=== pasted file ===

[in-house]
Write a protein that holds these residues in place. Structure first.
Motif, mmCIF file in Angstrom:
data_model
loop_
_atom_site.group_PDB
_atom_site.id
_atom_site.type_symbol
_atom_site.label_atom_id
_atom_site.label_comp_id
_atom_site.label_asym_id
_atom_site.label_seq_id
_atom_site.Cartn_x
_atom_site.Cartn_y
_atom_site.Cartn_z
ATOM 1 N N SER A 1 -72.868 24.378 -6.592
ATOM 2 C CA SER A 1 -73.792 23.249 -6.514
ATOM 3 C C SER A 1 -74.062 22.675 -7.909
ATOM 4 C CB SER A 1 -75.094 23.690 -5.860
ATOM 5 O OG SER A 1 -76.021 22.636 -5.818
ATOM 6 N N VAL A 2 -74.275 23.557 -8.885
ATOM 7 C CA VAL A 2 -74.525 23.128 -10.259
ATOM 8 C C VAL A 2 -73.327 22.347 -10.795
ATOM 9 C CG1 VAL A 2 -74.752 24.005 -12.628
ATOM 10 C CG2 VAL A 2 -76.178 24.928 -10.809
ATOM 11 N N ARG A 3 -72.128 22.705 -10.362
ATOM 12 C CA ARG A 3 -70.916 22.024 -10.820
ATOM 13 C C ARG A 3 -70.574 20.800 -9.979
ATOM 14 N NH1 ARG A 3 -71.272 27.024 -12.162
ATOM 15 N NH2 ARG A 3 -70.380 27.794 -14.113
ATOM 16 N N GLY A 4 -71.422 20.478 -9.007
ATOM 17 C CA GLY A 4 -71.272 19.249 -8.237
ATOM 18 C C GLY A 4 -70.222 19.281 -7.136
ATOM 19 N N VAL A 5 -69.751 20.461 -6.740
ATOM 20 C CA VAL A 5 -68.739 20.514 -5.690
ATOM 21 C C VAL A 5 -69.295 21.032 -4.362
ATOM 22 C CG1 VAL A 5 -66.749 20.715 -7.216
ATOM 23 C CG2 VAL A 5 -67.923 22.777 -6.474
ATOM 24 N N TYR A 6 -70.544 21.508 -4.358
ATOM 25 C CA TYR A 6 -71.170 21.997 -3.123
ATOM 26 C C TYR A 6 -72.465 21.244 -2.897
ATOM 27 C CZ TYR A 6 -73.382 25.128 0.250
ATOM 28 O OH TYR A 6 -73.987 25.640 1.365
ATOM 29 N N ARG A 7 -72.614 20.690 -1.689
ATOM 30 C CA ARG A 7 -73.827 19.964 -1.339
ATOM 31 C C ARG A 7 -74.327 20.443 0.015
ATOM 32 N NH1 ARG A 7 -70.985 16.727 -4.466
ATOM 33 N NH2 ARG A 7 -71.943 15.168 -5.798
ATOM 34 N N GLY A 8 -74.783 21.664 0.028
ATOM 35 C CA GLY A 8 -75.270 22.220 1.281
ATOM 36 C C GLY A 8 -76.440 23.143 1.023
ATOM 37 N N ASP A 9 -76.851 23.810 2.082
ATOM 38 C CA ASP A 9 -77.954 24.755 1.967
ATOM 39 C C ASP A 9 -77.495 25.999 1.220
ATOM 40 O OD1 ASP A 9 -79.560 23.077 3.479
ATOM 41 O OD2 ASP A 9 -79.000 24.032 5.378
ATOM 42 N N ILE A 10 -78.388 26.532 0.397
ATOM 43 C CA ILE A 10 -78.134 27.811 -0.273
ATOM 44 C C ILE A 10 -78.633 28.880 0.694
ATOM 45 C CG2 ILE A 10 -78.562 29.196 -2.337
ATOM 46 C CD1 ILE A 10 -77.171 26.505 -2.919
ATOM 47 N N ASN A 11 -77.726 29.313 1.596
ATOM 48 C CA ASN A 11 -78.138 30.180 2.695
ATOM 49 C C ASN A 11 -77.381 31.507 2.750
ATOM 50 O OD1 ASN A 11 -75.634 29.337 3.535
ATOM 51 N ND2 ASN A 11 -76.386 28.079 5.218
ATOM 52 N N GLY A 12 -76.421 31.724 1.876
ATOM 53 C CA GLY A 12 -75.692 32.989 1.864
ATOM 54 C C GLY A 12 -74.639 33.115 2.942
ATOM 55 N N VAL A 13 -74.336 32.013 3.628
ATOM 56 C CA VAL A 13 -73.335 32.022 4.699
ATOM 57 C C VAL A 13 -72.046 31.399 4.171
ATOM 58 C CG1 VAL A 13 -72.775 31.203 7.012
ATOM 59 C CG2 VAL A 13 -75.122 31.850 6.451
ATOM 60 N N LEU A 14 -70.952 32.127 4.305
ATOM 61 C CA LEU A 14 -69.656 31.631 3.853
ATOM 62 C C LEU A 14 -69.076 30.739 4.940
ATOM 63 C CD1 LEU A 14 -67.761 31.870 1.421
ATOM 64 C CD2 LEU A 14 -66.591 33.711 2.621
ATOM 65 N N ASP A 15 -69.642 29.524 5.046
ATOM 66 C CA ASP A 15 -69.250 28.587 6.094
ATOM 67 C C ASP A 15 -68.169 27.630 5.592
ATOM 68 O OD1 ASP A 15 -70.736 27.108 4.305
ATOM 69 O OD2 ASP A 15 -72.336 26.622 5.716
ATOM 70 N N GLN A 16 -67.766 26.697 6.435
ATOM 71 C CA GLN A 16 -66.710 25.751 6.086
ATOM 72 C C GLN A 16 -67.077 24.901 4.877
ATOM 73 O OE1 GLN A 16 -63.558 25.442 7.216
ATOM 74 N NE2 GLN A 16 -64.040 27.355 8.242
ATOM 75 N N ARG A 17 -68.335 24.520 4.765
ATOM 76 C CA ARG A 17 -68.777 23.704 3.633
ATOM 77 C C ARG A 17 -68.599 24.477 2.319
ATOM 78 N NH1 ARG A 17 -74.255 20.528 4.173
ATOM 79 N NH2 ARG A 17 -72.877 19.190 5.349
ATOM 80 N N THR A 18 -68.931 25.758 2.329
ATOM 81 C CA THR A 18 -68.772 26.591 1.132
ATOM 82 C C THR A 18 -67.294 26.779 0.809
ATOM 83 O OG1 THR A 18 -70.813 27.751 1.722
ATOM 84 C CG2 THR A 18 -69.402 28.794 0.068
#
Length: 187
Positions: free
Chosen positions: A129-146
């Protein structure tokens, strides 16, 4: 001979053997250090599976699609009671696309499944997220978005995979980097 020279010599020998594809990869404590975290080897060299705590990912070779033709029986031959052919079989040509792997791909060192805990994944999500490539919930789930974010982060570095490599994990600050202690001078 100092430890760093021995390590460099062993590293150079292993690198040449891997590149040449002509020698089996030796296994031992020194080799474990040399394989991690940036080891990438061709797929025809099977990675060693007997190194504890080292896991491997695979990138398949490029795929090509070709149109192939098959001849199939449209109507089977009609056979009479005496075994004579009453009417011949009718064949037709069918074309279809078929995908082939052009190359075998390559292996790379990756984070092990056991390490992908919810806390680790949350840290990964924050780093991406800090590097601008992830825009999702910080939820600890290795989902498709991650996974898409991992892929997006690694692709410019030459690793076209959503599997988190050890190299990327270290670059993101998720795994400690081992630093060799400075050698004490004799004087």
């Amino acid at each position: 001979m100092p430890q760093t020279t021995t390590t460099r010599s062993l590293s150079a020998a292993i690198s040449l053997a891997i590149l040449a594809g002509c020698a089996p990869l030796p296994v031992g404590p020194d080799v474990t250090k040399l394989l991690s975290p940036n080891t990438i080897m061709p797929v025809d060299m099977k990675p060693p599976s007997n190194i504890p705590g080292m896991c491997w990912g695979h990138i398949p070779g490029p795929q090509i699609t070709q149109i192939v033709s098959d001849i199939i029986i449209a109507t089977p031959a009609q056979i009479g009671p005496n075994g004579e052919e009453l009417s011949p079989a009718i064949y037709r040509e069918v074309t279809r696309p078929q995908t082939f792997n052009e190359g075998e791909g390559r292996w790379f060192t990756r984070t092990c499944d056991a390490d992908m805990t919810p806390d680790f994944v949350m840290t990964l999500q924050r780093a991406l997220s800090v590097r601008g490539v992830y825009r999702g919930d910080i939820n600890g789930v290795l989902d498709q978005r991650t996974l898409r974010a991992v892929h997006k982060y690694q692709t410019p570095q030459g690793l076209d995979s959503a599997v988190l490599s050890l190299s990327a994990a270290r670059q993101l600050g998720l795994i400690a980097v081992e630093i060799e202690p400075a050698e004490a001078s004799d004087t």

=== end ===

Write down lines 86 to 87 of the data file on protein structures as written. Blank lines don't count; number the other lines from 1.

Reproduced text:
ATOM 71 C CA GLN A 16 -66.710 25.751 6.086
ATOM 72 C C GLN A 16 -67.077 24.901 4.877